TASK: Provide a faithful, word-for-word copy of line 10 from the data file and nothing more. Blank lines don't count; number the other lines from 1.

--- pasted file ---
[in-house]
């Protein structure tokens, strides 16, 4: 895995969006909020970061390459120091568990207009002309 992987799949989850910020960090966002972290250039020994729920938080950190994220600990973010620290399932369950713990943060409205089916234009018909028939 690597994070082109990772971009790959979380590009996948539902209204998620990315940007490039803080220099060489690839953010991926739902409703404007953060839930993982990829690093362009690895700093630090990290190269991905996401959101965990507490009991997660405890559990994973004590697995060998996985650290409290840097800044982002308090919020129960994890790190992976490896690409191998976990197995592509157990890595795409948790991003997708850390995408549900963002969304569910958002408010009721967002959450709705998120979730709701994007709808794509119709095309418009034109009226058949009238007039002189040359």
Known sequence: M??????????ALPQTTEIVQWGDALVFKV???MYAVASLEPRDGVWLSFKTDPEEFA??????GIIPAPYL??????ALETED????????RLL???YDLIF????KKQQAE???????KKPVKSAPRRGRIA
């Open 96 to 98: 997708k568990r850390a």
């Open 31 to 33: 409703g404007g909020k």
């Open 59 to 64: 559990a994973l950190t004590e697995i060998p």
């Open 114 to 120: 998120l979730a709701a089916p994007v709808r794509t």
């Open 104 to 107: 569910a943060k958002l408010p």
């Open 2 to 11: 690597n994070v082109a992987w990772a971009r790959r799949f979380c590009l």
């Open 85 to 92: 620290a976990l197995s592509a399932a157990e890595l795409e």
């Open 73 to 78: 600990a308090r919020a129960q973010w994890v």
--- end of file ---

């Open 85 to 92: 620290a976990l197995s592509a399932a157990e890595l795409e």